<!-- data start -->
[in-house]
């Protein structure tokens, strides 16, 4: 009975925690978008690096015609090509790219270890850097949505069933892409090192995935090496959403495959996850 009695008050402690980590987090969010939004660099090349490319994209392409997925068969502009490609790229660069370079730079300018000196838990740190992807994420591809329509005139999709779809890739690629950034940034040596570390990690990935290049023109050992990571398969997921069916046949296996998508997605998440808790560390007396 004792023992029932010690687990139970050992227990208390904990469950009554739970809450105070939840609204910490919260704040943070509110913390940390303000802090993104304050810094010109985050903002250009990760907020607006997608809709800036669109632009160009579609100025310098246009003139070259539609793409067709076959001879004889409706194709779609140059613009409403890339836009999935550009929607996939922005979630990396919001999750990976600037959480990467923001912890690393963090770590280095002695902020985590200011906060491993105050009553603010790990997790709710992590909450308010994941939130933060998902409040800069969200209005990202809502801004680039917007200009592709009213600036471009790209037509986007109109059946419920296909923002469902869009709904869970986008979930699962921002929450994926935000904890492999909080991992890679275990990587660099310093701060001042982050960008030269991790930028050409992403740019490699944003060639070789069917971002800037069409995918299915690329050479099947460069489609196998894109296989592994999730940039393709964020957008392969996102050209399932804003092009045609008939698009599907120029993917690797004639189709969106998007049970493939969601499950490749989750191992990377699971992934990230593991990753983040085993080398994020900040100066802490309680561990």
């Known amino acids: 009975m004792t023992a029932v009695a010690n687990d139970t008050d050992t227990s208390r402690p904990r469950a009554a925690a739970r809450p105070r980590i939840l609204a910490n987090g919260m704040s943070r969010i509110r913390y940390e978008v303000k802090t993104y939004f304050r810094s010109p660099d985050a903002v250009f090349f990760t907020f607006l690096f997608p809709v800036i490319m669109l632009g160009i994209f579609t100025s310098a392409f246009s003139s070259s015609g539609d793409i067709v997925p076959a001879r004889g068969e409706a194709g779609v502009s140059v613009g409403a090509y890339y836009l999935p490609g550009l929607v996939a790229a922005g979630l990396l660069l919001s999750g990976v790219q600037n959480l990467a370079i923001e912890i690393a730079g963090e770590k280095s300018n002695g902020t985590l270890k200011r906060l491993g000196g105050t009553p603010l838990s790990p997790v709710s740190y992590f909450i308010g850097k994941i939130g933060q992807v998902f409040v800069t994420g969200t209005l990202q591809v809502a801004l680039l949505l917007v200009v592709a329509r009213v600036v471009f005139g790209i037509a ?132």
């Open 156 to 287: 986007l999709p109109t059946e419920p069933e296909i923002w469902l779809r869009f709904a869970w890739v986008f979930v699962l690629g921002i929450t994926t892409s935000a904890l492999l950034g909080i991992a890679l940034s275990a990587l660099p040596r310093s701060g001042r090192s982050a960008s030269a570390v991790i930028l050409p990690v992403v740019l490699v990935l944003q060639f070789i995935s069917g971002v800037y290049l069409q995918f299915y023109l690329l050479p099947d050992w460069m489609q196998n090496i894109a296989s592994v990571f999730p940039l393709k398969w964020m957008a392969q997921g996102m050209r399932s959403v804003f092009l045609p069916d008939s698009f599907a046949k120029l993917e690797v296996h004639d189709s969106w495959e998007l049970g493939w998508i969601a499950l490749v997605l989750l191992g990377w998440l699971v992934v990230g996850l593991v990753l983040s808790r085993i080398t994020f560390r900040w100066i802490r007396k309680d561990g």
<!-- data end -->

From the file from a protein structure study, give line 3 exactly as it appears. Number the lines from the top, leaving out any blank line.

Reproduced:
């Known amino acids: 009975m004792t023992a029932v009695a010690n687990d139970t008050d050992t227990s208390r402690p904990r469950a009554a925690a739970r809450p105070r980590i939840l609204a910490n987090g919260m704040s943070r969010i509110r913390y940390e978008v303000k802090t993104y939004f304050r810094s010109p660099d985050a903002v250009f090349f990760t907020f607006l690096f997608p809709v800036i490319m669109l632009g160009i994209f579609t100025s310098a392409f246009s003139s070259s015609g539609d793409i067709v997925p076959a001879r004889g068969e409706a194709g779609v502009s140059v613009g409403a090509y890339y836009l999935p490609g550009l929607v996939a790229a922005g979630l990396l660069l919001s999750g990976v790219q600037n959480l990467a370079i923001e912890i690393a730079g963090e770590k280095s300018n002695g902020t985590l270890k200011r906060l491993g000196g105050t009553p603010l838990s790990p997790v709710s740190y992590f909450i308010g850097k994941i939130g933060q992807v998902f409040v800069t994420g969200t209005l990202q591809v809502a801004l680039l949505l917007v200009v592709a329509r009213v600036v471009f005139g790209i037509a ?132």